- Family and Society
- War Ethics
Can I serve under a non-religious commander in the IDF? Does this bring up Halachic and moral issues? If you cannot accept witness testimony of someone who breaks Shabbat how can you serve under him?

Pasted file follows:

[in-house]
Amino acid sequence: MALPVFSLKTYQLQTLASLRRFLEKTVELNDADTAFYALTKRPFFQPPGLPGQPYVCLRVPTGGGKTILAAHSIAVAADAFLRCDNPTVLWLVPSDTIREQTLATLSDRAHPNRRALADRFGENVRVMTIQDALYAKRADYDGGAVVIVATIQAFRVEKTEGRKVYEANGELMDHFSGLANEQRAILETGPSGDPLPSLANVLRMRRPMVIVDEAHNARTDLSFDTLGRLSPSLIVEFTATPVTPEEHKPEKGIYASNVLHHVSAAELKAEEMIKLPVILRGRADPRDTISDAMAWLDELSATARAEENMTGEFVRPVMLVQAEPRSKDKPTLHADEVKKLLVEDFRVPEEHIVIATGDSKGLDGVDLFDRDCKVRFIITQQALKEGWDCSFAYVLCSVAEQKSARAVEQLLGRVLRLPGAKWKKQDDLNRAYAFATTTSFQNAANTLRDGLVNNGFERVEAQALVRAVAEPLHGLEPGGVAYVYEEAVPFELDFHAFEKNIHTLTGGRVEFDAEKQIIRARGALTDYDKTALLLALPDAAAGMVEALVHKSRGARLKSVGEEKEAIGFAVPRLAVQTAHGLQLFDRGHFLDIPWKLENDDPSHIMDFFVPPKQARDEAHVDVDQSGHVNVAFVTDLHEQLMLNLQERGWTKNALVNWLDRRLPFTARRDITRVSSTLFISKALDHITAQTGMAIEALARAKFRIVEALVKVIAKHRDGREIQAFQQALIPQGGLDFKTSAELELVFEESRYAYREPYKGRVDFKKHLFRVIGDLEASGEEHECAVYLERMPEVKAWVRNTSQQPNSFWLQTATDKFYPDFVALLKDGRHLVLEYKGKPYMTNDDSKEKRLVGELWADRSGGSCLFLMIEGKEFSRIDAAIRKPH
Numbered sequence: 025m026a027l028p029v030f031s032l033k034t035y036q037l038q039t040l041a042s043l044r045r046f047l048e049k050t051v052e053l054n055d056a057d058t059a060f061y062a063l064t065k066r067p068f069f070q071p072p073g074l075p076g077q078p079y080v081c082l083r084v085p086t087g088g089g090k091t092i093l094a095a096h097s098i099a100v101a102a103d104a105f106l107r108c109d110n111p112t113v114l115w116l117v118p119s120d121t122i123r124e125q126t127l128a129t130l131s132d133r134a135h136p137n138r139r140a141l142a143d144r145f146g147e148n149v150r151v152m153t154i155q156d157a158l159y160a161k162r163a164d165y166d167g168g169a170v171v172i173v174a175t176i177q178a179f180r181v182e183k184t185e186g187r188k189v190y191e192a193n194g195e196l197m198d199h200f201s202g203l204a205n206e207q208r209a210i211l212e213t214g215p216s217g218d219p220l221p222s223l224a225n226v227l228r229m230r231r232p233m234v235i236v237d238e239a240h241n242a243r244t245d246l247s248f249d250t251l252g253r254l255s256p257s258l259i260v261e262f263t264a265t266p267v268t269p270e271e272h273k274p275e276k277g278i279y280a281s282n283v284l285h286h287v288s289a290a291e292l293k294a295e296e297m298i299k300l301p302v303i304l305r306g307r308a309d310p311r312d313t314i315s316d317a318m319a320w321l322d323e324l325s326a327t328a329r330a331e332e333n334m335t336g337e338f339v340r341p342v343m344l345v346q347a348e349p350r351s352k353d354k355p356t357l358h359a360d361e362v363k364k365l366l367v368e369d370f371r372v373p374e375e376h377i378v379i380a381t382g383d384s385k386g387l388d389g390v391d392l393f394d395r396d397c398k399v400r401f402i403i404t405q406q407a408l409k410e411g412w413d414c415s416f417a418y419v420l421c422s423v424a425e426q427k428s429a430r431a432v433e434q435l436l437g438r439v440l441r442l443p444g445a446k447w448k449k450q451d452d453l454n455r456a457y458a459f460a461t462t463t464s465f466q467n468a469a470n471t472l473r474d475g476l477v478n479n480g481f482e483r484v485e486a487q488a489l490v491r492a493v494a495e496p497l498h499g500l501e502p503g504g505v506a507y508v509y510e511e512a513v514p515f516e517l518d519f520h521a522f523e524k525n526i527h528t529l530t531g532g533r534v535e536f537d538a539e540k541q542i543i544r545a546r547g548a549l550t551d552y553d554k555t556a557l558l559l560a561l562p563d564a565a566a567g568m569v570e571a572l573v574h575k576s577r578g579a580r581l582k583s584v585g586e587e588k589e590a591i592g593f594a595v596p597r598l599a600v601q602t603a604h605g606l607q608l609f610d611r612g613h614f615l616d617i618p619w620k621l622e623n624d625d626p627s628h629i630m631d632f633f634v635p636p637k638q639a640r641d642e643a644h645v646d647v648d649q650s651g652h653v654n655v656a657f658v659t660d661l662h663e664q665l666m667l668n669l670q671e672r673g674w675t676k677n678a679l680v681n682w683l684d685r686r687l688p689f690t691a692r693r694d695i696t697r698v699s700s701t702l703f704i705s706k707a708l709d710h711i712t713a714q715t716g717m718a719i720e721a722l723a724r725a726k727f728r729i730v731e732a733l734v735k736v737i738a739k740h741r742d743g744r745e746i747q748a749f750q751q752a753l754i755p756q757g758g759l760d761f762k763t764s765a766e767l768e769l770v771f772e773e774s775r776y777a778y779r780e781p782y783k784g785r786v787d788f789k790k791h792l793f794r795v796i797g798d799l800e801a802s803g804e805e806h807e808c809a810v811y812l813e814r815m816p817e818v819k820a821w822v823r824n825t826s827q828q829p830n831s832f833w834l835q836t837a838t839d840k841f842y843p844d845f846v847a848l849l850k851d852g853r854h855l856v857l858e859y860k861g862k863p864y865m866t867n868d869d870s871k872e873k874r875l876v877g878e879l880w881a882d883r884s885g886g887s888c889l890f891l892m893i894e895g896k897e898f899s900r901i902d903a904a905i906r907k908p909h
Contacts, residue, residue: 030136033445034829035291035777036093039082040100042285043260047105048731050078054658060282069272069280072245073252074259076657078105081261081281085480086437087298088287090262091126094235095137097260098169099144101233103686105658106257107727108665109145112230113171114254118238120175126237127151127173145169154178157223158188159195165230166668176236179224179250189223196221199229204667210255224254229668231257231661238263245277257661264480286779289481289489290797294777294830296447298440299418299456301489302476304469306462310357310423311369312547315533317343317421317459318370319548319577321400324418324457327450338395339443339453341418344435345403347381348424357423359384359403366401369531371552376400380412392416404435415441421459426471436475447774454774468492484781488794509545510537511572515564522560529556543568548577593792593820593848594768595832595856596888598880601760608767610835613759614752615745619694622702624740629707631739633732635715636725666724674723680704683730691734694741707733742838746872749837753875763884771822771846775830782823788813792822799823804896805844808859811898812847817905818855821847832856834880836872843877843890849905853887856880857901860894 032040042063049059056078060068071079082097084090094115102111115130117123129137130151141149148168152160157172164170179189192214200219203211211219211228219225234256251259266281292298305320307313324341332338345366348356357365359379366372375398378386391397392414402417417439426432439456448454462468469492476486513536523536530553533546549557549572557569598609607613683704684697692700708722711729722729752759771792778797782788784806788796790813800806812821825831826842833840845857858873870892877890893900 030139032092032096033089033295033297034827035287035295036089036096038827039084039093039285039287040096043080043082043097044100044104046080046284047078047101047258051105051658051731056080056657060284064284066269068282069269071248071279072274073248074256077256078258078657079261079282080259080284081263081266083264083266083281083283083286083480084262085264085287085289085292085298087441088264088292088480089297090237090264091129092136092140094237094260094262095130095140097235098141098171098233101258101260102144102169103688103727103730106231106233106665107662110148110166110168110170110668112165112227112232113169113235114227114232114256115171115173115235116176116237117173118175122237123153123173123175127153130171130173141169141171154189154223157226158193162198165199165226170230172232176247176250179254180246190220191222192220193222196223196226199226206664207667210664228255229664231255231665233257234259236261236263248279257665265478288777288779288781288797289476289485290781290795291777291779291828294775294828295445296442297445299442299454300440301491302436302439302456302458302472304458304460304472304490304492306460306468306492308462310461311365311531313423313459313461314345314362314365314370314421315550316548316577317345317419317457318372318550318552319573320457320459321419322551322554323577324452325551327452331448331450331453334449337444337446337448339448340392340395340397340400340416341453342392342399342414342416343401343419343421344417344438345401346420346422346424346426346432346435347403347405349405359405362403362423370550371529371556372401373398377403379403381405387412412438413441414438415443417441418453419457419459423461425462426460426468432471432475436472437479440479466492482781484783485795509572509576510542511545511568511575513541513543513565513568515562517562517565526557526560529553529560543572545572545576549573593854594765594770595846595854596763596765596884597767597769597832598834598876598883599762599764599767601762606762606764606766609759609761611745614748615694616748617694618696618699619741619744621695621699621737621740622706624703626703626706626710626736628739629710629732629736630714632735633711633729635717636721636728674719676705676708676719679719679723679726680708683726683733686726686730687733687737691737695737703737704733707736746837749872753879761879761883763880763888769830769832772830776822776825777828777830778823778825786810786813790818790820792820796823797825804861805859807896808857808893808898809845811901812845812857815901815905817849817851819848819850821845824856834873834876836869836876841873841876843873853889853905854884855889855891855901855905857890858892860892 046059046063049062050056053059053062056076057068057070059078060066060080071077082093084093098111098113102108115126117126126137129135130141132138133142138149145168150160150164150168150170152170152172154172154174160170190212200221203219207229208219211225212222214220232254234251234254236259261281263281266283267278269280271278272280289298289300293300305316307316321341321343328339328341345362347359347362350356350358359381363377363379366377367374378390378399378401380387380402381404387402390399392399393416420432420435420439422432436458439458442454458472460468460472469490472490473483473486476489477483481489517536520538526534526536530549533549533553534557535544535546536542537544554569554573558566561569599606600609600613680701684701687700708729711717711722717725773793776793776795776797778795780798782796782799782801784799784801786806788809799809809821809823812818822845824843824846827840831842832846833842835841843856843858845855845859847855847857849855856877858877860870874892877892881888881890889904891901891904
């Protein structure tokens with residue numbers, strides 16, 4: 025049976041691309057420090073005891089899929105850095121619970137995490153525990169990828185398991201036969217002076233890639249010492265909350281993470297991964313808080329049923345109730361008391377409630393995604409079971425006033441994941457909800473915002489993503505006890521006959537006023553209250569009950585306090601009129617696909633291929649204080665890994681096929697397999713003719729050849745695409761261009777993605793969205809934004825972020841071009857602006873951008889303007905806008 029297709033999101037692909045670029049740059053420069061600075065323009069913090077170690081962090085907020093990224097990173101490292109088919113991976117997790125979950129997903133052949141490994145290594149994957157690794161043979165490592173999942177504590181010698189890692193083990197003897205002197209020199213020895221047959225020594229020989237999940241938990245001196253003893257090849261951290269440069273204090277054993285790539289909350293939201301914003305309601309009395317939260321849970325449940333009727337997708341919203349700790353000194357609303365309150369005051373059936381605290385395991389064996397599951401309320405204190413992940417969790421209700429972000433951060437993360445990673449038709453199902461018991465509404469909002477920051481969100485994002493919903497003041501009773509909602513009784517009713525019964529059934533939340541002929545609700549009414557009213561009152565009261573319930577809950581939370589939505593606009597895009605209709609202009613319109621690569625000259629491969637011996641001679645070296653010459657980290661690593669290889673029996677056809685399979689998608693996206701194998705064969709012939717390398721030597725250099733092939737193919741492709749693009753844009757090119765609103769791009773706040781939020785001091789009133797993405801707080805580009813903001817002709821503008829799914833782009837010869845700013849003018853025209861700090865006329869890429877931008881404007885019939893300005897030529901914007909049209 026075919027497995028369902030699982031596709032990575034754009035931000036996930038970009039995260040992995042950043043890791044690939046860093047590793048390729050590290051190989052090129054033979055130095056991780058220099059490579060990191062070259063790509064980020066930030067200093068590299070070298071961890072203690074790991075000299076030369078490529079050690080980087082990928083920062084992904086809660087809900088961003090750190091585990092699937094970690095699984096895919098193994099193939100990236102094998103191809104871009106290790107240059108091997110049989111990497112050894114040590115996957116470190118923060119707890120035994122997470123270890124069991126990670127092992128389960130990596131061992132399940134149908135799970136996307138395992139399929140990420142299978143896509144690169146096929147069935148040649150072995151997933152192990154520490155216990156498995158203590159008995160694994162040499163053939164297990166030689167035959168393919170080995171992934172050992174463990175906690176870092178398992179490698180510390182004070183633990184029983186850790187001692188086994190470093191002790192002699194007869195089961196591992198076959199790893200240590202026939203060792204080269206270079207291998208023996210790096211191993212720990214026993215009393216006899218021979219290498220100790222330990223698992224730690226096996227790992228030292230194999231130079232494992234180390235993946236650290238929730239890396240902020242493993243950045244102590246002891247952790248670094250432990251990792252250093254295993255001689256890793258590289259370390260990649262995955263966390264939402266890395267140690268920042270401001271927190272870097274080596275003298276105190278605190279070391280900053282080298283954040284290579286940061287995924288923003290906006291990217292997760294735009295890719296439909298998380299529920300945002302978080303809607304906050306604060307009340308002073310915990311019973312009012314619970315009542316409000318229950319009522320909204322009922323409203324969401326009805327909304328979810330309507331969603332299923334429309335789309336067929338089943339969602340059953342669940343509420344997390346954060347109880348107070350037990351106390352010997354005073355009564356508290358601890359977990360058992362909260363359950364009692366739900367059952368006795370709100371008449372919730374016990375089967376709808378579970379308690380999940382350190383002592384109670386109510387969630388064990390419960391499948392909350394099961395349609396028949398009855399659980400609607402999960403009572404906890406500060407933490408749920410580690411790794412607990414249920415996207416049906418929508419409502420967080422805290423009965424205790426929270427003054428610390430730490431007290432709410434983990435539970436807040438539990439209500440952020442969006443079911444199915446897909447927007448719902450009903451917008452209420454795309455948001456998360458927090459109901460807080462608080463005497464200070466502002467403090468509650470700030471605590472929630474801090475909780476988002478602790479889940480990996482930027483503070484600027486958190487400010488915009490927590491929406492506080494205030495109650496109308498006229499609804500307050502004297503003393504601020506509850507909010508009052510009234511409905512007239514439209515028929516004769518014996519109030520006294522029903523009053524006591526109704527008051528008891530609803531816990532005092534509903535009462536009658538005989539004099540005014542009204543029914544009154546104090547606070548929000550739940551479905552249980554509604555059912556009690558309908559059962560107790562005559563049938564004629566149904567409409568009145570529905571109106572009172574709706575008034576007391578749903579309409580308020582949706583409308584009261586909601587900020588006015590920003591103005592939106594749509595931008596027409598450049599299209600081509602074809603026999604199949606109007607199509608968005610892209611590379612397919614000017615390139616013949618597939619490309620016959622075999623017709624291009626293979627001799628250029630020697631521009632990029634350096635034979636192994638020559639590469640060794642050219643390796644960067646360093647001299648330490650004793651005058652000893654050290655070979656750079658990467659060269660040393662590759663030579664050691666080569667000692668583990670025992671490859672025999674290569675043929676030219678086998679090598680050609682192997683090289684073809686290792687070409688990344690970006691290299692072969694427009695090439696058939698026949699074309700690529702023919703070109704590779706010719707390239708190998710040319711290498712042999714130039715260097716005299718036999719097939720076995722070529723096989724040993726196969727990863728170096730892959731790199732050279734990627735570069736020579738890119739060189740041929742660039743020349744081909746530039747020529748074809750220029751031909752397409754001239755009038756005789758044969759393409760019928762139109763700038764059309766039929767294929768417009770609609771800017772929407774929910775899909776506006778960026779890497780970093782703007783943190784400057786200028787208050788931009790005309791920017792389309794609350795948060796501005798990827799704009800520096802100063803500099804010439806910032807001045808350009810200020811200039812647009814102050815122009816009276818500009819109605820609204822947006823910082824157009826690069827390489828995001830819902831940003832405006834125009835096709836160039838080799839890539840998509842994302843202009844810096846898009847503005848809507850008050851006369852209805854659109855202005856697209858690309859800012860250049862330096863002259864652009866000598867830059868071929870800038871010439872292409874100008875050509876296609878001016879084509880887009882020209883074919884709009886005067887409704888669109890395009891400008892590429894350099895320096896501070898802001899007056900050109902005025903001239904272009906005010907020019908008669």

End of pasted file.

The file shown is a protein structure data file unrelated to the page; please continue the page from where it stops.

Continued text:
Since the beginning of the IDF, PM David Ben-Gurion ordered that the Israeli army be run according to halacha, to enable the entire nation, including the religious, to serve together. To this day, no exercises nor target practice etc. but only life-threatening activities, are done on Shabbat, all food must be kosher, there must be a mezuza on every door, all soldiers are given ample time to pray on each respective day, and all orders must be in consonance with halacha. The only heartbreaking exception was the one-time order 16 years ago to uproot Jewish settlers from Gush Katif, which was tragic from many aspects, but even then, any soldier who didn't want to participate, was given the option to serve elsewhere. Who can or can't give testimony in Beit Din is dictated by the Torah, and accordingly is a unique issue with unique laws (e.g. even women can't testify), but one can surely obey and rely on a non-religious medical specialist, and similarly, a military specialist. In addition, if soldiers don't follow orders, we obviously will not have an army, and the dangerous ramifications are obvious. The holiness of saving even one life supersedes the sanctity of Shabbat or one's fasting on Yom Kippur, so how much more so must we follow the orders of the army when legally they can never contradict any mitzvah, and they're out to save the entire nation of Israel. May God watch over them as they and He watch(es) over us.